Conserved DNA Methylation Signatures in Early Maternal Separation and in Twins Discordant for CO2Sensitivity

F Giannese, Alessandra Luchetti, G Barbiera, V Lampis, C Zanettini, GP Knudsen, S Scaini, D Lazarevic, D Cittaro, FR D'Amato, M Battaglia

Research output: Contribution to journalArticle

Abstract

Respiratory and emotional responses to blood-acidifying inhalation of CO 2 are markers of some human anxiety disorders, and can be enhanced by repeatedly cross-fostering (RCF) mouse pups from their biological mother to unrelated lactating females. Yet, these dynamics remain poorly understood. We show RCF-associated intergenerational transmission of CO 2 sensitivity in normally-reared mice descending from RCF-exposed females, and describe the accompanying alterations in brain DNA methylation patterns. These epigenetic signatures were compared to DNA methylation profiles of monozygotic twins discordant for emotional reactivity to a CO 2 challenge. Altered methylation was consistently associated with repeated elements and transcriptional regulatory regions among RCF-exposed animals, their normally-reared offspring, and humans with CO 2 hypersensitivity. In both species, regions bearing differential methylation were associated with neurodevelopment, circulation, and response to pH acidification processes, and notably included the ASIC2 gene. Our data show that CO 2 hypersensitivity is associated with specific methylation clusters and genes that subserve chemoreception and anxiety. The methylation status of genes implicated in acid-sensing functions can inform etiological and therapeutic research in this field. © 2018 The Author(s).
Original languageEnglish
Article number2258
JournalScientific Reports
Volume8
Issue number5
DOIs
Publication statusPublished - 2018

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DNA Methylation
Carbon Monoxide
Foster Home Care
Methylation
Mothers
Hypersensitivity
Therapeutic Human Experimentation
Monozygotic Twins
Nucleic Acid Regulatory Sequences
Multigene Family
Anxiety Disorders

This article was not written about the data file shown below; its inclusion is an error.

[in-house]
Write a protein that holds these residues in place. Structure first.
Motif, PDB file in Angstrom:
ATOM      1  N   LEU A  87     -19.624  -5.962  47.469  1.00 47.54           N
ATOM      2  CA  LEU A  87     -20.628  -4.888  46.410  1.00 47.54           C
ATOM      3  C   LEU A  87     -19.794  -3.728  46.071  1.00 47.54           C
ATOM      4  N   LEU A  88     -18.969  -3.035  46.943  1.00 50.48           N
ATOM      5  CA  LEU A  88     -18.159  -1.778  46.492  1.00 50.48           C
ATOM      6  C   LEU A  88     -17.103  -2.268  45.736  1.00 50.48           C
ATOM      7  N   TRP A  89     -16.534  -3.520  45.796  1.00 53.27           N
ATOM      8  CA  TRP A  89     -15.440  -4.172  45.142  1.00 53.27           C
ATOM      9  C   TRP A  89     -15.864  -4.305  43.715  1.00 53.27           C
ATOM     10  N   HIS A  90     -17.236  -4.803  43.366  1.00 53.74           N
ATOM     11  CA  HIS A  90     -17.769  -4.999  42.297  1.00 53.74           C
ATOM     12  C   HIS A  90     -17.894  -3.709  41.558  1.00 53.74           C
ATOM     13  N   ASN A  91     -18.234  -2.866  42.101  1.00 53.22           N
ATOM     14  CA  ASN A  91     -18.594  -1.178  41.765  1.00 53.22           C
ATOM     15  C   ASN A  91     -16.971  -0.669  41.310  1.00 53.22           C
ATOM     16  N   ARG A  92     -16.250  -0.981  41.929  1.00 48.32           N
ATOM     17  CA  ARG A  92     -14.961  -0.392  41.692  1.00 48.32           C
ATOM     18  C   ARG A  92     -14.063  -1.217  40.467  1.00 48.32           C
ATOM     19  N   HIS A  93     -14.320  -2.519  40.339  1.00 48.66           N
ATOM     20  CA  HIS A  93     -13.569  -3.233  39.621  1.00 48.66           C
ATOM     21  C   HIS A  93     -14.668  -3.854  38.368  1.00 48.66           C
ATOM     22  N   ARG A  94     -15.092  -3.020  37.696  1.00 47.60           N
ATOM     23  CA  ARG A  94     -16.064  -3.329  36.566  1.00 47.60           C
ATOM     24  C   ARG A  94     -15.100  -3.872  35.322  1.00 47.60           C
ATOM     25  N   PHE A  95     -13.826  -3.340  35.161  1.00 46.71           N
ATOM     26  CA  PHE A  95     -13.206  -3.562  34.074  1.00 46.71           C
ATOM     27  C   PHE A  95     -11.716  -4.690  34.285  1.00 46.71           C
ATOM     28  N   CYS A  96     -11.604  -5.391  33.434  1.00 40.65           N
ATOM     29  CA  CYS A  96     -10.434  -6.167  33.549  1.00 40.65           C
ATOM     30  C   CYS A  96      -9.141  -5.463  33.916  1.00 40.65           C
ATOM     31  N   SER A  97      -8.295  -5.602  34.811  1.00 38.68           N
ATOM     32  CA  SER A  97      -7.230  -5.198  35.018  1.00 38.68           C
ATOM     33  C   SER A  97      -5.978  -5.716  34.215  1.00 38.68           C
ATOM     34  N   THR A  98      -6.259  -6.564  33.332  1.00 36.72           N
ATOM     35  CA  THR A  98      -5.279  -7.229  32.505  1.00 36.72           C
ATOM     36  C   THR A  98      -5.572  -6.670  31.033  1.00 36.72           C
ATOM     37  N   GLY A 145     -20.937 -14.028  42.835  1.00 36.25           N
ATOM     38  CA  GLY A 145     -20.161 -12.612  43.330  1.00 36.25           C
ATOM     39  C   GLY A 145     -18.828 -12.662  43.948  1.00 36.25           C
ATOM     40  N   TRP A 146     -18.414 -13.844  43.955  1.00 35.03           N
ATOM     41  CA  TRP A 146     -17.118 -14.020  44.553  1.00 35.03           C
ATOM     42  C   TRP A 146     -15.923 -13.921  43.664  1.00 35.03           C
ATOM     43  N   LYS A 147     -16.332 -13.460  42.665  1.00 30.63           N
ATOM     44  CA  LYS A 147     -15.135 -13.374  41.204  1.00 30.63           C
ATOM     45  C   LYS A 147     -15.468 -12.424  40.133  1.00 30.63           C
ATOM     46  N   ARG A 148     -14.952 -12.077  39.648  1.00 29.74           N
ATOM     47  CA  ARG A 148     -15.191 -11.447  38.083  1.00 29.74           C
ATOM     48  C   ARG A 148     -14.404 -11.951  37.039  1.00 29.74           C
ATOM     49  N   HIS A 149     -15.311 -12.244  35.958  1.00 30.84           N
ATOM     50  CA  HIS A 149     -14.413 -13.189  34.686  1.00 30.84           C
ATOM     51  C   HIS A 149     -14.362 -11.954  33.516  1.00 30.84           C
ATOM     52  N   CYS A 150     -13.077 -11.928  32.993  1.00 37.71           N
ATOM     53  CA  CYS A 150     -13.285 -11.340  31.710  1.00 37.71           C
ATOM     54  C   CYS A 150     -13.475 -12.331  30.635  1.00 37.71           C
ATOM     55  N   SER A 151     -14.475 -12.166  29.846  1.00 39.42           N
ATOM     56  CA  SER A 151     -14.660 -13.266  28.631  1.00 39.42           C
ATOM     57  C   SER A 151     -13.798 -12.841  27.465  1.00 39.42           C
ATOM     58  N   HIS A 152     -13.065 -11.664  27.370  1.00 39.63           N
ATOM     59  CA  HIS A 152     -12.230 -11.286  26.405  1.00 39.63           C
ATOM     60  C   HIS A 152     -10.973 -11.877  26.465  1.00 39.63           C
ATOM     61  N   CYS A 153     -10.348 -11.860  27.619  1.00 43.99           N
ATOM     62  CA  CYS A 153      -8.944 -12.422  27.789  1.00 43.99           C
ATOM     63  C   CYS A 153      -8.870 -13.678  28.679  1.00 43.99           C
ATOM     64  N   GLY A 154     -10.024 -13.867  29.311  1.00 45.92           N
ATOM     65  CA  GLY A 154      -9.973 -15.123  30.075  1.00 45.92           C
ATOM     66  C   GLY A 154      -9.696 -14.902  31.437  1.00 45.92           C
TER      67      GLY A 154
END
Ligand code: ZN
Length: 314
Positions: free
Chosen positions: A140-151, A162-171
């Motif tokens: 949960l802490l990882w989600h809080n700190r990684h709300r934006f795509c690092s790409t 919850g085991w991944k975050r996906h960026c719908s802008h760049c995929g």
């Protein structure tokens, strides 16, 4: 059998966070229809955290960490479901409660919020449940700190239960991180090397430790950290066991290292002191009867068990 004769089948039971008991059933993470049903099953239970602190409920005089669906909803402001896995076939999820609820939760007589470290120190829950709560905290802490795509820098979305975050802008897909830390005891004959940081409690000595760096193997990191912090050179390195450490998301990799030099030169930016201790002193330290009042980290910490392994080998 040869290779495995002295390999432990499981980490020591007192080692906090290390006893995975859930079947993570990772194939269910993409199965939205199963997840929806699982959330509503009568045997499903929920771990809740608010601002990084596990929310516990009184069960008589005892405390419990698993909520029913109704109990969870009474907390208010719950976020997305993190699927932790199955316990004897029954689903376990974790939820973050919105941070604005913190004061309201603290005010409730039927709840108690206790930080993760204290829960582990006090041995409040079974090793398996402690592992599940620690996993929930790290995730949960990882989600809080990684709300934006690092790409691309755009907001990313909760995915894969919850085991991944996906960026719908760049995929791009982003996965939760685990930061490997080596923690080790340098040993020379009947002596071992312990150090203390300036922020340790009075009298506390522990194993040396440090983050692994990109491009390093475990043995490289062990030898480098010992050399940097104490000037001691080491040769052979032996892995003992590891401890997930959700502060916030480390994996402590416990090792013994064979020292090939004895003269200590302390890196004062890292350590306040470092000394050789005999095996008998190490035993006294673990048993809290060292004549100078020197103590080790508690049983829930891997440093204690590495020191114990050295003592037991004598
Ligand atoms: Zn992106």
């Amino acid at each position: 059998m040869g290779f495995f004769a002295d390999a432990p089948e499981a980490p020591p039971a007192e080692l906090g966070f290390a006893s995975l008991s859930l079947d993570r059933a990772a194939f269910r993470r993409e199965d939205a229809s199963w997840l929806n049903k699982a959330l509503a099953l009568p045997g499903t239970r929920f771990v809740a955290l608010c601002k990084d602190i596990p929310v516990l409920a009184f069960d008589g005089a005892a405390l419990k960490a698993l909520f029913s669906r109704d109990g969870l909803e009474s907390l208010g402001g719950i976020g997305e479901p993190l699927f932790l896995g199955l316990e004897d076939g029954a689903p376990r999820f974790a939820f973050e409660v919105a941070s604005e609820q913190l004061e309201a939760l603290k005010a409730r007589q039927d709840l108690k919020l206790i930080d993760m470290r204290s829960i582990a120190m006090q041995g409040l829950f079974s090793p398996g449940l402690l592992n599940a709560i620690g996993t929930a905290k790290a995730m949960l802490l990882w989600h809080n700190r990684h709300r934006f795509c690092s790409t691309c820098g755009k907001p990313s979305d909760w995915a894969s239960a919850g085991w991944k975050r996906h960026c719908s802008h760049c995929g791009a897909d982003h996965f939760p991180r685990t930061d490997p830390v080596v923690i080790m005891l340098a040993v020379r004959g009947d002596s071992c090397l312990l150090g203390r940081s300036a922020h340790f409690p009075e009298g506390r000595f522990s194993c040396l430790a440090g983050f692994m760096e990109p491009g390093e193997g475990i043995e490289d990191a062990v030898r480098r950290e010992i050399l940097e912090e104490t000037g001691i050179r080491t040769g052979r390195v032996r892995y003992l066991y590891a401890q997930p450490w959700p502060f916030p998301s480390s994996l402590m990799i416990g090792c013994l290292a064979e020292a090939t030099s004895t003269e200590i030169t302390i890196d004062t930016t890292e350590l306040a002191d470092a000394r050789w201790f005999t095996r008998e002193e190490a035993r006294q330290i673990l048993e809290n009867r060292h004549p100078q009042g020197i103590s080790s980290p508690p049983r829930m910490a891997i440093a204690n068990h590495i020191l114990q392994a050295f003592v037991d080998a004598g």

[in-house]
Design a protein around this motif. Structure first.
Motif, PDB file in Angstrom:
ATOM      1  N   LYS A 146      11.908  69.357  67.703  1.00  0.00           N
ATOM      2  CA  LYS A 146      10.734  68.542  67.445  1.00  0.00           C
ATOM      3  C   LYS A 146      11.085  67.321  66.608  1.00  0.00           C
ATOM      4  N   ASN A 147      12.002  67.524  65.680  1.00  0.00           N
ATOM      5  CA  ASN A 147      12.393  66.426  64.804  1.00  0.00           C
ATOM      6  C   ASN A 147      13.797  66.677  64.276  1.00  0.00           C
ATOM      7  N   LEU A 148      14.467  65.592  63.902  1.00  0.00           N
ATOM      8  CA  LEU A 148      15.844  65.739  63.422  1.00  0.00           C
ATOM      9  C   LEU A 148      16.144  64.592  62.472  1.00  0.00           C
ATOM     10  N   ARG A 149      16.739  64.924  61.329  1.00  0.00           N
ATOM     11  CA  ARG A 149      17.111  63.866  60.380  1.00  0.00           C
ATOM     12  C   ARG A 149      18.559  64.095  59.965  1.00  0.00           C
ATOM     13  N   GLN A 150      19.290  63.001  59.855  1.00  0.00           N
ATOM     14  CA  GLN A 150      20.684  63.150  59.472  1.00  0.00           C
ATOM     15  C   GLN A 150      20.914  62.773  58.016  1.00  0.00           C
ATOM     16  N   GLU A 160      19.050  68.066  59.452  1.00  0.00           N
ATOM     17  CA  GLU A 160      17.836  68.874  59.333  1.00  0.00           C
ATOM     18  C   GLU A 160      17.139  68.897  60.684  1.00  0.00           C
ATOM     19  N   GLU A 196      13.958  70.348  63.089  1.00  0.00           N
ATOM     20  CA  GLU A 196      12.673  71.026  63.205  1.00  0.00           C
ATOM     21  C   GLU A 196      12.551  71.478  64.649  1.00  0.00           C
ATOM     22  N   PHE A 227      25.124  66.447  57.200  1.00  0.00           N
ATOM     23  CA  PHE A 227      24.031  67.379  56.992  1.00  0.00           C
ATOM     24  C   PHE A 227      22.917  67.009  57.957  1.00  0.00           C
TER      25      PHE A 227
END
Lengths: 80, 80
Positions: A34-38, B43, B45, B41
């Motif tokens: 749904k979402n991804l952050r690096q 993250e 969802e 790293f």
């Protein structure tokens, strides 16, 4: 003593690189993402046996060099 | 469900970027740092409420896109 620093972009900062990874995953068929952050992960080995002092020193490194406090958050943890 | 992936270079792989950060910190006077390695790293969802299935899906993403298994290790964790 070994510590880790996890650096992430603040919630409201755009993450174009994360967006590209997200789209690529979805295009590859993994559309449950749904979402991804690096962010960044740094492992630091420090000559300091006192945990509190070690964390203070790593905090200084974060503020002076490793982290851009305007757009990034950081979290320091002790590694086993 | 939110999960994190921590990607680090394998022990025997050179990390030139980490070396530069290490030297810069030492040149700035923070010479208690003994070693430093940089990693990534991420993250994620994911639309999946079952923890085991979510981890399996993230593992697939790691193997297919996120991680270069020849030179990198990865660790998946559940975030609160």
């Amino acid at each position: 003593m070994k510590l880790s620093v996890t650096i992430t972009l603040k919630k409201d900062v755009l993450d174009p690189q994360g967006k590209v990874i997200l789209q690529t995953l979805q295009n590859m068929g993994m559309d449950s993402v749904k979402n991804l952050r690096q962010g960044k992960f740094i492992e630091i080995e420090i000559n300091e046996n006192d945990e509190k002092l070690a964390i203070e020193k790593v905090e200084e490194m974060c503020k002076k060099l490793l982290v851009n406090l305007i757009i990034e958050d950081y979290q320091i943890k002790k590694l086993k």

Epigenomics
Inhalation
Genes
Anxiety
Acids
Brain

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Conserved DNA Methylation Signatures in Early Maternal Separation and in Twins Discordant for CO2Sensitivity. / Giannese, F; Luchetti, Alessandra; Barbiera, G; Lampis, V; Zanettini, C; Knudsen, GP; Scaini, S; Lazarevic, D; Cittaro, D; D'Amato, FR; Battaglia, M.

In: Scientific Reports, Vol. 8, No. 5, 2258, 2018.

Research output: Contribution to journalArticle

Giannese, F ; Luchetti, Alessandra ; Barbiera, G ; Lampis, V ; Zanettini, C ; Knudsen, GP ; Scaini, S ; Lazarevic, D ; Cittaro, D ; D'Amato, FR ; Battaglia, M. / Conserved DNA Methylation Signatures in Early Maternal Separation and in Twins Discordant for CO2Sensitivity. In: Scientific Reports. 2018 ; Vol. 8, No. 5.
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AU - Giannese, F

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AU - Lampis, V

AU - Zanettini, C

AU - Knudsen, GP

AU - Scaini, S

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AB - Respiratory and emotional responses to blood-acidifying inhalation of CO 2 are markers of some human anxiety disorders, and can be enhanced by repeatedly cross-fostering (RCF) mouse pups from their biological mother to unrelated lactating females. Yet, these dynamics remain poorly understood. We show RCF-associated intergenerational transmission of CO 2 sensitivity in normally-reared mice descending from RCF-exposed females, and describe the accompanying alterations in brain DNA methylation patterns. These epigenetic signatures were compared to DNA methylation profiles of monozygotic twins discordant for emotional reactivity to a CO 2 challenge. Altered methylation was consistently associated with repeated elements and transcriptional regulatory regions among RCF-exposed animals, their normally-reared offspring, and humans with CO 2 hypersensitivity. In both species, regions bearing differential methylation were associated with neurodevelopment, circulation, and response to pH acidification processes, and notably included the ASIC2 gene. Our data show that CO 2 hypersensitivity is associated with specific methylation clusters and genes that subserve chemoreception and anxiety. The methylation status of genes implicated in acid-sensing functions can inform etiological and therapeutic research in this field. © 2018 The Author(s).

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